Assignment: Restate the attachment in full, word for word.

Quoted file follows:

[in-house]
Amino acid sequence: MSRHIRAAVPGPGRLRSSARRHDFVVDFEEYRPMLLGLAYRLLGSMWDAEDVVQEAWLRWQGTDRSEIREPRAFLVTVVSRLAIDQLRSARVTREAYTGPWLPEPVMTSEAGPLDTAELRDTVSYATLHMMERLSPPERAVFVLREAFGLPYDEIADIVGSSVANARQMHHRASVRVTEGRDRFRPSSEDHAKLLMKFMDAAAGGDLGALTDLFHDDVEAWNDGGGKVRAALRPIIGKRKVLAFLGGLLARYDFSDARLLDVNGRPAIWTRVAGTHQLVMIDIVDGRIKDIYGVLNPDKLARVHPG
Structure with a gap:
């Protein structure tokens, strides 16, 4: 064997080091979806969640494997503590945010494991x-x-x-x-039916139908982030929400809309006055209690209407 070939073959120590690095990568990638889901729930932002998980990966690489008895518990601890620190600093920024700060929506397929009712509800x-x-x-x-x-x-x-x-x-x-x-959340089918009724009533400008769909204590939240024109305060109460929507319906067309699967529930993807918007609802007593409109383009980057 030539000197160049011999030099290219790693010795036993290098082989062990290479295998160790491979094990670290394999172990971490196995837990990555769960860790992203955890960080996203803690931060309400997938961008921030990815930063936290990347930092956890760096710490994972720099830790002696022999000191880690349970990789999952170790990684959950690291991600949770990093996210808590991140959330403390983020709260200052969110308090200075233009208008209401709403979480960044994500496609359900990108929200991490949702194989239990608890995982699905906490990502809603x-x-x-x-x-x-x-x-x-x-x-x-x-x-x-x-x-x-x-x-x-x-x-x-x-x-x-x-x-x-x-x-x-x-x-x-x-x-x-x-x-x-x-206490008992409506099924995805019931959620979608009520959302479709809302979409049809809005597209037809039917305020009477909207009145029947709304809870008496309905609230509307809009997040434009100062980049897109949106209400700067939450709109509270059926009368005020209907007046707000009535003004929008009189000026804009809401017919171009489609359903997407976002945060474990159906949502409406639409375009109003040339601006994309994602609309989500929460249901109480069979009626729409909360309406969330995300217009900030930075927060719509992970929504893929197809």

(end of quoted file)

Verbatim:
[in-house]
Amino acid sequence: MSRHIRAAVPGPGRLRSSARRHDFVVDFEEYRPMLLGLAYRLLGSMWDAEDVVQEAWLRWQGTDRSEIREPRAFLVTVVSRLAIDQLRSARVTREAYTGPWLPEPVMTSEAGPLDTAELRDTVSYATLHMMERLSPPERAVFVLREAFGLPYDEIADIVGSSVANARQMHHRASVRVTEGRDRFRPSSEDHAKLLMKFMDAAAGGDLGALTDLFHDDVEAWNDGGGKVRAALRPIIGKRKVLAFLGGLLARYDFSDARLLDVNGRPAIWTRVAGTHQLVMIDIVDGRIKDIYGVLNPDKLARVHPG
Structure with a gap:
């Protein structure tokens, strides 16, 4: 064997080091979806969640494997503590945010494991x-x-x-x-039916139908982030929400809309006055209690209407 070939073959120590690095990568990638889901729930932002998980990966690489008895518990601890620190600093920024700060929506397929009712509800x-x-x-x-x-x-x-x-x-x-x-959340089918009724009533400008769909204590939240024109305060109460929507319906067309699967529930993807918007609802007593409109383009980057 030539000197160049011999030099290219790693010795036993290098082989062990290479295998160790491979094990670290394999172990971490196995837990990555769960860790992203955890960080996203803690931060309400997938961008921030990815930063936290990347930092956890760096710490994972720099830790002696022999000191880690349970990789999952170790990684959950690291991600949770990093996210808590991140959330403390983020709260200052969110308090200075233009208008209401709403979480960044994500496609359900990108929200991490949702194989239990608890995982699905906490990502809603x-x-x-x-x-x-x-x-x-x-x-x-x-x-x-x-x-x-x-x-x-x-x-x-x-x-x-x-x-x-x-x-x-x-x-x-x-x-x-x-x-x-x-206490008992409506099924995805019931959620979608009520959302479709809302979409049809809005597209037809039917305020009477909207009145029947709304809870008496309905609230509307809009997040434009100062980049897109949106209400700067939450709109509270059926009368005020209907007046707000009535003004929008009189000026804009809401017919171009489609359903997407976002945060474990159906949502409406639409375009109003040339601006994309994602609309989500929460249901109480069979009626729409909360309406969330995300217009900030930075927060719509992970929504893929197809």